At the end of the day... HARROGATE TO PETERBOROUGH
The final run back down the A1 gives a couple of hours to contemplate how the three bikes compare – and which flavour of sports tourer is best for tackling the many, varied demands of the Dales. The Yamaha MT-10 Tourer Edition seems like a fine place to start, given it will be the most divisive. Some riders will discount it as a true sports tourer for its lack of deep all-round practicality. The pillion provision is cramped, the ‘semi-rigid’ panniers are the smallest and only non-lockable luggage here, and the tank range and fuel economy mean that covering distance requires more frequent (and expensive) stops. The snatchy throttle would irritate in daily use too. A Tracer 1000 this is not, though for riders who simply want a way to stretch a supernaked’s solo silliness out for a few more miles each day, the accessories are effective. The flyscreen in particular deserves huge praise for making a real, tangible improvement to rider comfort, as does the plusher seat.
BMW’S S1000XR sits at the opposite end of the sports tourer spectrum. It’s the most multi-talented with the best passenger space, the highest carrying capacity and the longest range. It’s also the only one of the three that comes with a centrestand and the only one with a full three-piece suite of hard luggage. If you’re serious about doing distance, this is the best choice. The only catch is those steady-speed engine vibrations – we heartily encourage a test ride before buying, to discover how much of a problem you find them. Beyond the motorway, the XR is also a brilliant backroad blaster, with superb handling, the strongest brakes here, the best ride quality (from its semi-active suspension) and bucket-loads of willing, well-behaved power. All of this does come at a price, however – add the panniers, to compare like with like, and it’s almost five grand more than the Z1000SX Tourer.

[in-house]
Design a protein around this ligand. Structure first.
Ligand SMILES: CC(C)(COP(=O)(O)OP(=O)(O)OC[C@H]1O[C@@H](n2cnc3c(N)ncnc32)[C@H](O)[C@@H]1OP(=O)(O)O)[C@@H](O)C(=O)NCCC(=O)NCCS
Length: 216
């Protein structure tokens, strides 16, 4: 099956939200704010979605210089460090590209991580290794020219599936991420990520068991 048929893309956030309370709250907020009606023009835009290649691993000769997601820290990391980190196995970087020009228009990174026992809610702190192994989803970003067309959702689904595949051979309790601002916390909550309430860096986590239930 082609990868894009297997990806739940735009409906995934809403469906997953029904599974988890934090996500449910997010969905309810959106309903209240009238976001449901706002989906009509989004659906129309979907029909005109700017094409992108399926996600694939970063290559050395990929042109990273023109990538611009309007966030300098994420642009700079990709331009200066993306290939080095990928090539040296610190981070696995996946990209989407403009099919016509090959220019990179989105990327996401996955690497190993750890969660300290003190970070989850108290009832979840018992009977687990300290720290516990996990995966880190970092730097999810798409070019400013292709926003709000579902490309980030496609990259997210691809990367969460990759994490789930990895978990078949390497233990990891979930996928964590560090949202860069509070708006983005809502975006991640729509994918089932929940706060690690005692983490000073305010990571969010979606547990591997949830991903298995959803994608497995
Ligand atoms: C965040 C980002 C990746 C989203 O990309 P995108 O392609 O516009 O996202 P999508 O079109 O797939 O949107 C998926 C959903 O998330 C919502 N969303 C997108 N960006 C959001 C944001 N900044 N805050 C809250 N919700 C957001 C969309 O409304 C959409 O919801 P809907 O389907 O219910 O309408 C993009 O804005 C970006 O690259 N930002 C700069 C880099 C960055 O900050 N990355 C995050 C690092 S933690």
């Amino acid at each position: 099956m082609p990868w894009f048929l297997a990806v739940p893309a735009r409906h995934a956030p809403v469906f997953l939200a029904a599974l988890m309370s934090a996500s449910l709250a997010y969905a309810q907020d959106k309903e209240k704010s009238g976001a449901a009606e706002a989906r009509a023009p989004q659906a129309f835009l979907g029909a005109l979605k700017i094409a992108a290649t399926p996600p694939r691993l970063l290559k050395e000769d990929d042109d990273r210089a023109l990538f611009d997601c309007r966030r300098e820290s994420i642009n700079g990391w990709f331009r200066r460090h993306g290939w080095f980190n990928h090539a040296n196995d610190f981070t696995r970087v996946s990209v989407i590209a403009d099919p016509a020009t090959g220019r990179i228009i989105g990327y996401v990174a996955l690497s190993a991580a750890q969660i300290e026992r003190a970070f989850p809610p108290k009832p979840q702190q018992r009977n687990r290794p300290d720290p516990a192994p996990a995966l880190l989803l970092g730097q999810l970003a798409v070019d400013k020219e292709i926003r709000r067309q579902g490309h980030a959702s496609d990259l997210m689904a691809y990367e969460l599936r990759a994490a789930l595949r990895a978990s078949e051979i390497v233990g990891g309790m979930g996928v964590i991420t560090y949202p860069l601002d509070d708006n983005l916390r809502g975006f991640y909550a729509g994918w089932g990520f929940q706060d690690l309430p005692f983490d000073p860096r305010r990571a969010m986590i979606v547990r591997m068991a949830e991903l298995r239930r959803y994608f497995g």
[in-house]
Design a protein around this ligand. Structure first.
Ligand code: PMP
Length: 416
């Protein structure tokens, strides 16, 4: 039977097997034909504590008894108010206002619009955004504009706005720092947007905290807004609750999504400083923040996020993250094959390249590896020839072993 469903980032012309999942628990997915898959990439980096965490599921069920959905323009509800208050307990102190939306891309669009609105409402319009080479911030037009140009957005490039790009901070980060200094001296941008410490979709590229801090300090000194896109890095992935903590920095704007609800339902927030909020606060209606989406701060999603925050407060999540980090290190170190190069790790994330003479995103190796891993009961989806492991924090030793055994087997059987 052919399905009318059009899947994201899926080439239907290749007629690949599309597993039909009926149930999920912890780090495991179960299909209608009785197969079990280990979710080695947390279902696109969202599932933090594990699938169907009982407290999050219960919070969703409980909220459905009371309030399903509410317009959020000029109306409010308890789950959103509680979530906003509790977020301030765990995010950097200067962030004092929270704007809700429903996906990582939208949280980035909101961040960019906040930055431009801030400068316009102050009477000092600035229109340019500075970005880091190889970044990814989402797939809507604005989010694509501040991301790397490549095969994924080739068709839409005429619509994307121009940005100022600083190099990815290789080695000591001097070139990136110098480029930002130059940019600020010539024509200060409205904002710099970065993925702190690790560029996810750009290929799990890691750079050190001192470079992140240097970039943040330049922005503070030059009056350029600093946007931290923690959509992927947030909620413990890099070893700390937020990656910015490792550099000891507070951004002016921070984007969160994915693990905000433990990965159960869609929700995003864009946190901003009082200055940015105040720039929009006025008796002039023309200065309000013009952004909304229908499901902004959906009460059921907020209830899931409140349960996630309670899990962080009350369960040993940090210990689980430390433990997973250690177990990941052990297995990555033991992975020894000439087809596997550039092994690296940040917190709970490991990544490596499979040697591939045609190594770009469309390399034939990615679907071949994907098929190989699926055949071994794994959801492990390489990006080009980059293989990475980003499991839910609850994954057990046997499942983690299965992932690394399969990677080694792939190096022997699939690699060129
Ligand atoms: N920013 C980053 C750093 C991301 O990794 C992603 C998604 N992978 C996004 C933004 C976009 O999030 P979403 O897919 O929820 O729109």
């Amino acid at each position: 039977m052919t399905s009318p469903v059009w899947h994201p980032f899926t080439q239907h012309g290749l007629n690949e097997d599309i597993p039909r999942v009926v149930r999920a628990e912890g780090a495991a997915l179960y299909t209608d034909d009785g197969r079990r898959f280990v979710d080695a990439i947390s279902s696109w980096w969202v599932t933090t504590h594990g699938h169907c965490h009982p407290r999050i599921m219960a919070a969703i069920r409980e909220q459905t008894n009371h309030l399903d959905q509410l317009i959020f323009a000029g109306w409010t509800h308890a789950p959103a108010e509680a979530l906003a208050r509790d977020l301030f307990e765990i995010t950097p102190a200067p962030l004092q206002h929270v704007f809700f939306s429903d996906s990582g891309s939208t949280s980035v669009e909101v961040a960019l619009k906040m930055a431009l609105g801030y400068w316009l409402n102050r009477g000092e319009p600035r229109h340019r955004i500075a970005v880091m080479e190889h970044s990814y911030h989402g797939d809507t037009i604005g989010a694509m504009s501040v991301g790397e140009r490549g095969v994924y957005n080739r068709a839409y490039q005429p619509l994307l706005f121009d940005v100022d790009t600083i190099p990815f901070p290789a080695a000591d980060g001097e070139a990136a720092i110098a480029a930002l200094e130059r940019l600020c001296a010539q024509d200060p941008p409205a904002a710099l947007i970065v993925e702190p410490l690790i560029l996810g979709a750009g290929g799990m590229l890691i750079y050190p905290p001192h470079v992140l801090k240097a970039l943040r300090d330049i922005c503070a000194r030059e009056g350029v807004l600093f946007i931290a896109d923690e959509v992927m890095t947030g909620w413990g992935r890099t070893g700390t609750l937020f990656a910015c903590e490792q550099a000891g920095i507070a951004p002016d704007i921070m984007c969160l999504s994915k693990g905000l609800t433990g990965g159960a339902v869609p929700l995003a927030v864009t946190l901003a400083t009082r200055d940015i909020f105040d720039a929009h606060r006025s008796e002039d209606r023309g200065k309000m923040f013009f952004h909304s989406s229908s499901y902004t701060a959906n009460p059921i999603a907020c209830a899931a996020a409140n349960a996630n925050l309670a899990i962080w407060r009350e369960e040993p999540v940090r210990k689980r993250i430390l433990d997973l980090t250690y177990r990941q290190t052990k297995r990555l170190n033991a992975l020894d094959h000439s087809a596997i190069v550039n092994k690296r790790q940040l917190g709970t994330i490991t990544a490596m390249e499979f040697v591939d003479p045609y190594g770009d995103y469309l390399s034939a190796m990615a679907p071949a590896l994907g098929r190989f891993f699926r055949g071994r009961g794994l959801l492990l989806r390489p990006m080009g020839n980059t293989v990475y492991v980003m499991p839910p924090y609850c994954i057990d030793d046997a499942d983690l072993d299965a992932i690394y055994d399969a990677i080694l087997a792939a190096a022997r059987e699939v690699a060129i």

The Kawasaki is not objectively the best bike here but it does offer the best value. Monthly PCP payments are half that of the BMW and while it falls short of the XR’S fancy tricks – the SX’S suspension is more basic, its engine and brakes aren’t as potent, its wind protection worse and useful touches like cruise control or a centrestand aren’t on the menu – it is a fundamentally sound all-rounder. Once you get it off the standard tyres.
Back at RIDE Towers, a show of hands reveals all three of us would want to buy the S1000XR. Not because it’s a BMW, not because it has the most widgets and not because it’s the closest to an adventure bike, but simply because it’s the most comprehensively capable pure road sports tourer.
“A show of hands reveals all three of us would want to buy the S1000XR”
Fast and flowing, tight and twisty or motorway — sports tourers do it all